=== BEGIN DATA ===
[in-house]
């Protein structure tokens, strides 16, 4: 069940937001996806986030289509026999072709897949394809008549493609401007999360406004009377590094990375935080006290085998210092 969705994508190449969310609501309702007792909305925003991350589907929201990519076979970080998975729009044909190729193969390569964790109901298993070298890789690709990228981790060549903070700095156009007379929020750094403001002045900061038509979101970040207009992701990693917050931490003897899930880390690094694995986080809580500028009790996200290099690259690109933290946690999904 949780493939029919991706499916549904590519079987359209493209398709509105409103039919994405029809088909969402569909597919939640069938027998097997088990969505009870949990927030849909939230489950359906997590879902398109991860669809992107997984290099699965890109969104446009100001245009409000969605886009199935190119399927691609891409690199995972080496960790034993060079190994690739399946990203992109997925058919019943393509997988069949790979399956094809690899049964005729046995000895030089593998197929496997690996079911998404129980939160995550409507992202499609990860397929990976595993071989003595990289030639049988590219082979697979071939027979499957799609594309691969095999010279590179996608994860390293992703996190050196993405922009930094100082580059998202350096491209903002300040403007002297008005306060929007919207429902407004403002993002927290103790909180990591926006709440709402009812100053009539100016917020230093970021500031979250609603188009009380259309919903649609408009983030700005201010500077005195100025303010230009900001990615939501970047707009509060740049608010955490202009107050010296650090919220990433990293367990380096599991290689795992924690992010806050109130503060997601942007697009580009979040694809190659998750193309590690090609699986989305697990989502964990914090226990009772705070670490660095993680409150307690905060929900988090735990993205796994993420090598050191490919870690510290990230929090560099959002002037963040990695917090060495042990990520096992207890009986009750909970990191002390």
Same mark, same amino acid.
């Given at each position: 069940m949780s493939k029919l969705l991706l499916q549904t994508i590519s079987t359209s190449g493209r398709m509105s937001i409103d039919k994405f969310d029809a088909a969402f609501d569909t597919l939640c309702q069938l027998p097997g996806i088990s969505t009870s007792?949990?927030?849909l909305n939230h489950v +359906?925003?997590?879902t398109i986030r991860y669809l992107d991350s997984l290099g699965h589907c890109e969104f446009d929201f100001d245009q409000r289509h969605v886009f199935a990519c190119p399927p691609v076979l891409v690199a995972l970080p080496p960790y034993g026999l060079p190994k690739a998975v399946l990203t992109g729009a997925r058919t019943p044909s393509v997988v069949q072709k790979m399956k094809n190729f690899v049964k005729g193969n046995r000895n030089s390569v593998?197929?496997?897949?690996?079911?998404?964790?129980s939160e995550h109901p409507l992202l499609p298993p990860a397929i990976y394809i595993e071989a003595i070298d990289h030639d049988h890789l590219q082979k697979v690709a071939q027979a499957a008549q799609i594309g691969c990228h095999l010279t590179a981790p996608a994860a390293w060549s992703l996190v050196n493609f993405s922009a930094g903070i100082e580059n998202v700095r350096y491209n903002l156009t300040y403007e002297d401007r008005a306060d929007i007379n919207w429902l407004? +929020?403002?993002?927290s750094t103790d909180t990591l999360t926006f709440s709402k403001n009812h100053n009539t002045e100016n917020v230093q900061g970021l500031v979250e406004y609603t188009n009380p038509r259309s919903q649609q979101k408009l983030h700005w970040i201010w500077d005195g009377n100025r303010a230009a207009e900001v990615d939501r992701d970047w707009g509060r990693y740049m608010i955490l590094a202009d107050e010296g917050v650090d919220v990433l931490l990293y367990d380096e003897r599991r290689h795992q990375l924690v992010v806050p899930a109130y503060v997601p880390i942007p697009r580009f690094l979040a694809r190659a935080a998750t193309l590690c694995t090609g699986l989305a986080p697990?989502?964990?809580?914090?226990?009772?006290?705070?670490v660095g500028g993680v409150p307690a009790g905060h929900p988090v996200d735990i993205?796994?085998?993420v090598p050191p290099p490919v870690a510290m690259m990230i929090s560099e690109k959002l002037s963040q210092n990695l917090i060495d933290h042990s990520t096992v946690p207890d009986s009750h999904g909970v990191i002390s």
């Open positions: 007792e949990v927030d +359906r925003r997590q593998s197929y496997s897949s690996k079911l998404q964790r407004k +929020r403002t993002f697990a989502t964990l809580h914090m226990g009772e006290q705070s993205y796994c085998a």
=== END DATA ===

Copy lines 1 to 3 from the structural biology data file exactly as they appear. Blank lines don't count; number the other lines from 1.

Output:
[in-house]
């Protein structure tokens, strides 16, 4: 069940937001996806986030289509026999072709897949394809008549493609401007999360406004009377590094990375935080006290085998210092 969705994508190449969310609501309702007792909305925003991350589907929201990519076979970080998975729009044909190729193969390569964790109901298993070298890789690709990228981790060549903070700095156009007379929020750094403001002045900061038509979101970040207009992701990693917050931490003897899930880390690094694995986080809580500028009790996200290099690259690109933290946690999904 949780493939029919991706499916549904590519079987359209493209398709509105409103039919994405029809088909969402569909597919939640069938027998097997088990969505009870949990927030849909939230489950359906997590879902398109991860669809992107997984290099699965890109969104446009100001245009409000969605886009199935190119399927691609891409690199995972080496960790034993060079190994690739399946990203992109997925058919019943393509997988069949790979399956094809690899049964005729046995000895030089593998197929496997690996079911998404129980939160995550409507992202499609990860397929990976595993071989003595990289030639049988590219082979697979071939027979499957799609594309691969095999010279590179996608994860390293992703996190050196993405922009930094100082580059998202350096491209903002300040403007002297008005306060929007919207429902407004403002993002927290103790909180990591926006709440709402009812100053009539100016917020230093970021500031979250609603188009009380259309919903649609408009983030700005201010500077005195100025303010230009900001990615939501970047707009509060740049608010955490202009107050010296650090919220990433990293367990380096599991290689795992924690992010806050109130503060997601942007697009580009979040694809190659998750193309590690090609699986989305697990989502964990914090226990009772705070670490660095993680409150307690905060929900988090735990993205796994993420090598050191490919870690510290990230929090560099959002002037963040990695917090060495042990990520096992207890009986009750909970990191002390």
Same mark, same amino acid.